PHP, MySQL, & JavaScript All-in-One For Dummies
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Mutator magic methods are PHP methods that change the value of a property that you set with the private visibility. These are also commonly called setters.

The preferred way to handle class properties is to make them private so external programs can’t change them directly. Instead, to manipulate the data, external programs are forced to use mutator magic class methods that interface with the properties.

The mutator magic method in PHP is __set() (note the leading double underscores). You use the mutator magic method to set all the values of the properties in the class with a single method definition:

public function __set($name, $value) {
    $this->$name = $value;
The mutator uses two parameters: the name of the property to set and the value to assign to the property. Where the magic comes into play is with how PHP uses the mutator. In your PHP application code, you don’t actually have to call the __set() mutator method. You can define the $description property just by using a simple assignment statement:

PHP automatically knows to look for the __set() mutator method defined for the class and runs it, passing the appropriate property name and value. Even though the $description property is set to the private visibility, by defining the mutator magic method you can allow external programs to assign a value to the property. The benefit of using mutators, though, is that you can control how external programs use the properties you define for the class. With the mutator definition, you can place any code you need to control property features, such as ranges of values allowed or the allowed settings applied to the property. For example, you could so something like this:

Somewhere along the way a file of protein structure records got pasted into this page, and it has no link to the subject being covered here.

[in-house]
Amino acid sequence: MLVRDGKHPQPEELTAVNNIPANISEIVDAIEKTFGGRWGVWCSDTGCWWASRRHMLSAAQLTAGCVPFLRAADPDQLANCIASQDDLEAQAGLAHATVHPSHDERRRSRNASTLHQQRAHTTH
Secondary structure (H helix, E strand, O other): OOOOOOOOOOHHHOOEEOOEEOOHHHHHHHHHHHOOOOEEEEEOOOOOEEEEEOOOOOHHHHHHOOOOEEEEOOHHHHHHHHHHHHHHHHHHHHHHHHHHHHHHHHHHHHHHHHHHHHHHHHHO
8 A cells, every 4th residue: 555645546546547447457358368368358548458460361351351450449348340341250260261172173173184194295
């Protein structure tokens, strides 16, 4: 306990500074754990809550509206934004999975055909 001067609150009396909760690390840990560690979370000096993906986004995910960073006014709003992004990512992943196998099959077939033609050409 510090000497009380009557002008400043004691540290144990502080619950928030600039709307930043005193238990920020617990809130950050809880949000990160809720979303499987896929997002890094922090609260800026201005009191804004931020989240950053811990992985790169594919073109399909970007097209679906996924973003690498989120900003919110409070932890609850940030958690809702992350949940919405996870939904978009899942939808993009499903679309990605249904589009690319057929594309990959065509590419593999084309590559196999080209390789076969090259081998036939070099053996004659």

public function __set($name,$value) {
    if ($name == "price" && $value < 0) { $this->price = 0;
    } else {
        $this->$name = $value;
This example checks if the property being set is the $price property. If it is, it checks if the value is less than 0. If the value is less than 0, the price is set to 0 instead of the supplied price value. This gives you a way to control the value that is set for the price from external programs that use the class object.

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Richard Blum has more than 30 years of experience as a systems administrator and programmer. He teaches online courses in PHP, JavaScript, HTML5, and CSS3 programming, and authored the latest edition of Linux For Dummies.

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